Granada was impossibly charming, and it was easy to understand why people often said they got stuck here. The same colonial ambiance that pervaded León was even more present in Granada. The buildings were painted a little crisper, the streets a little cleaner and the whole town was just a few kilometers from Lake Nicaragua and the immense Volcan Mombacho. Granada was much smaller than we expected. At just over 100,000 people it had the small city feel that León lacked. The central park was crammed with food and art vendors and lined with horse carriages waiting to take you on a tour. Just behind the gorgeous yellow cathedral was La Calzada, a pedestrian avenue lined with trees, shops and restaurants with alfresco dining. We spent hours passing up and down the street, taking in the relaxed and artistic atmosphere. It seemed that almost every other shop was an art gallery of some kind boasting original prints and paintings from local artists. We ended up buying two interesting prints on handmade paper that caught our eye, plus a beautiful painted jicaro fruit Christmas ornament. We fell in love with a juice bar that whipped up a calala-naranja (passion fruit-orange) smoothie which we ended up drinking once a day. We also tried some yummy street food including doughy fried balls (possibly made of yuca) with a sweet syrup, tostones con queso (fried crisp plantains with chunks of fried cheese), yuca con cerdo (boiled yuca topped with spicy roasted pork and cabbage salad), and more local juices like granadilla which tasted like cream soda.
|Cathedral on the central park|
|Tostones con queso|
We took two wonderful tours while in town. The first was a boat ride visiting the islets in the lake just off the coast. Our guide was a bubbly young man who spoke not only English and Spanish but was also working on his Dutch and Italian to communicate with the thousands of tourists that visit each year. Our fellow tour takers were a pair of older Swiss men on holiday who also spoke six languages combined. We felt glad we had at least two solid languages and a little Italian and had a fun time chatting with everyone in all of them. We motored slowly around the islets, of which there are 365 (one for each day of the year our guide said). Created mostly from volcanic eruptions, the islets are mostly just big enough to fit a luxurious house and little dock, which is what most had. You can buy your own islet and build a house if you wish, something we almost considered doing until realizing the price was a little out of our range. From some islets you could see out across the windy, choppy lake to the dome of the Granada cathedral. Another island featured an old fort, and yet another had a pair of monkeys brought there for protective purposes since they can’t swim off. We stopped at one island which had a restaurant for a drink and our guide explained about local bird life and the ongoing rivalry with León. It was relaxing and calming, the weather breezy and warm.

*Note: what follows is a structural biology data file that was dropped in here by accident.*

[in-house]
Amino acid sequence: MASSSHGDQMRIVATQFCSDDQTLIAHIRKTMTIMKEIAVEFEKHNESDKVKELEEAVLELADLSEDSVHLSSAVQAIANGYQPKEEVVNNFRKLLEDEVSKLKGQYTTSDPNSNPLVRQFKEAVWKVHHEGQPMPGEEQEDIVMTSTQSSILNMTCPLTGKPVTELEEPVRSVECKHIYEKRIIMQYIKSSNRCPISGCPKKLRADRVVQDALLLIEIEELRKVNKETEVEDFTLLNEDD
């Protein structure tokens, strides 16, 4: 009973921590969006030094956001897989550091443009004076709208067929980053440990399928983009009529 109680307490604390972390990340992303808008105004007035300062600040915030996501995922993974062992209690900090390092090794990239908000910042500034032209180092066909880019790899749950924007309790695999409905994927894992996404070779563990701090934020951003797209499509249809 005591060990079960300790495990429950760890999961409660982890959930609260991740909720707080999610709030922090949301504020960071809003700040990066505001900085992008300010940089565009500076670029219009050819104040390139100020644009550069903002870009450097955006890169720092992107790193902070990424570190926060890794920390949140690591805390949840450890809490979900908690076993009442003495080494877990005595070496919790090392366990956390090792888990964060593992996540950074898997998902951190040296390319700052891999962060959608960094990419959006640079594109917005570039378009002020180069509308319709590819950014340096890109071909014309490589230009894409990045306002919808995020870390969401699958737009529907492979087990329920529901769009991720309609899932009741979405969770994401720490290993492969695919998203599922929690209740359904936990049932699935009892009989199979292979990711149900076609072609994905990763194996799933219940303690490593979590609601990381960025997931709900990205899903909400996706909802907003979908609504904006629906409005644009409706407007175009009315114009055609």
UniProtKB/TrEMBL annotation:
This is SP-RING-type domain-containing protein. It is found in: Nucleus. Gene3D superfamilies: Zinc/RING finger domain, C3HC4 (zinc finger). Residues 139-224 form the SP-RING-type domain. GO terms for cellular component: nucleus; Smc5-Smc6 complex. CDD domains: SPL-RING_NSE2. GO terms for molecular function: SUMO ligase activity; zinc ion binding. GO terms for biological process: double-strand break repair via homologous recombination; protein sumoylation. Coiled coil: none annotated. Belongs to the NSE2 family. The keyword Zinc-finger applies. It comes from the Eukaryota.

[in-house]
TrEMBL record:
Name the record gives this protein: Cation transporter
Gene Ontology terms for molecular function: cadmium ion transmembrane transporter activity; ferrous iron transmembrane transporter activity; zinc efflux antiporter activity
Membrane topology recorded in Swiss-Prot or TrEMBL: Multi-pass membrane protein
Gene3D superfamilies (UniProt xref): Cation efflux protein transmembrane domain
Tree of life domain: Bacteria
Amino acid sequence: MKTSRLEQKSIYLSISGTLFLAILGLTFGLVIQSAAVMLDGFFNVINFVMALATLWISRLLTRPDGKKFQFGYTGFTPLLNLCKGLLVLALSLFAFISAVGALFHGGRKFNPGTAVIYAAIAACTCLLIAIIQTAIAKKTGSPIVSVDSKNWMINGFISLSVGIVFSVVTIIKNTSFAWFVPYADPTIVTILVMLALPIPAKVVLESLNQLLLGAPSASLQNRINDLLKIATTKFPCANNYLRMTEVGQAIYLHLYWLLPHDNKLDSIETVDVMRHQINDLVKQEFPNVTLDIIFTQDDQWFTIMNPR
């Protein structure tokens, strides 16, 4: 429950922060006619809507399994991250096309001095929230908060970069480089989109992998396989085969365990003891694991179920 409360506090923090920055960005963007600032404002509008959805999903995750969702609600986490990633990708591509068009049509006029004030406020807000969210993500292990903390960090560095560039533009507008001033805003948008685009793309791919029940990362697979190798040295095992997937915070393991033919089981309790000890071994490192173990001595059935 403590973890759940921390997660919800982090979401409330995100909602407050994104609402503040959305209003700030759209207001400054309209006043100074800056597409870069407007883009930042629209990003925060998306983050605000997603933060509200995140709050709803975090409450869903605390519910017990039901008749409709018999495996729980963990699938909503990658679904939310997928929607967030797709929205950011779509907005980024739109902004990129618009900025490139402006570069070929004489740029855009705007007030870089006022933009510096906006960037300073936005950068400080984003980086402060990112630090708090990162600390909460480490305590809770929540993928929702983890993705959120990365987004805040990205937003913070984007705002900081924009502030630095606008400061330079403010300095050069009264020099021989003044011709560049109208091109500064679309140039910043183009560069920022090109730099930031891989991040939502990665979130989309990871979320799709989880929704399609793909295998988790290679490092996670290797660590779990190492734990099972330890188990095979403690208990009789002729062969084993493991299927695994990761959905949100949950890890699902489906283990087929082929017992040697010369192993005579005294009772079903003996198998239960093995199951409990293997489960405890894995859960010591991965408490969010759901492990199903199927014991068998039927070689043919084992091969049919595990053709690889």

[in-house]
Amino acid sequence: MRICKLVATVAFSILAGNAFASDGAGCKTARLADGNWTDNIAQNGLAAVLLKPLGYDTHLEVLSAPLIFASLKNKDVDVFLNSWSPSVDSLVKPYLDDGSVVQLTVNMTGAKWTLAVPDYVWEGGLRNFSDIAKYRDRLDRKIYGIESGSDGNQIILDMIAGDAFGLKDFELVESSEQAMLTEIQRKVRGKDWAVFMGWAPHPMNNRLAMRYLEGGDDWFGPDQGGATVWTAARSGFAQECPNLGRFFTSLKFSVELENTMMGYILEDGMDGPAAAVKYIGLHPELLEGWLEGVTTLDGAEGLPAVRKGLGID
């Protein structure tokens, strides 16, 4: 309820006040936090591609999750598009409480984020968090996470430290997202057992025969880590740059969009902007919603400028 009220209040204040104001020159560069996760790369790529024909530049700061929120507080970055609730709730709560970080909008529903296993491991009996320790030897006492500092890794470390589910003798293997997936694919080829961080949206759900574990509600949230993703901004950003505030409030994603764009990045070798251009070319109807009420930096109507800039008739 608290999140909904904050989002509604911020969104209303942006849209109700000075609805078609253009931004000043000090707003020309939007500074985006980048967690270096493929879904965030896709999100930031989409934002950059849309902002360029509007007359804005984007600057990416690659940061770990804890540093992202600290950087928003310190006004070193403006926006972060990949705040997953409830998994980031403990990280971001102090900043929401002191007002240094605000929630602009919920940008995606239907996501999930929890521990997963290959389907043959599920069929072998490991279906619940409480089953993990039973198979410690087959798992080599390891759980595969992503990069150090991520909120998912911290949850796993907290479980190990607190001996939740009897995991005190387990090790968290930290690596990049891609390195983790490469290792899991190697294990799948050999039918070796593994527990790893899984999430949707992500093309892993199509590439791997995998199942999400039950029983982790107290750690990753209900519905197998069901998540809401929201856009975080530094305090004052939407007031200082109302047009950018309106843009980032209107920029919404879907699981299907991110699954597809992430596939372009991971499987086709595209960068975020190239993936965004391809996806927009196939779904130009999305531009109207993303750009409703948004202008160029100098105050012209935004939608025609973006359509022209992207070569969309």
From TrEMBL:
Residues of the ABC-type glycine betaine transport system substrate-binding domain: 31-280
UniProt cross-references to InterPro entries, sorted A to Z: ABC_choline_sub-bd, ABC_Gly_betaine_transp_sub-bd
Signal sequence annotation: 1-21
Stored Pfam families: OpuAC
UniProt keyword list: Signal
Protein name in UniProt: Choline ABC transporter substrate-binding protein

|One of the many personal isletas|
|Monkey showing off on the Isleta del mono|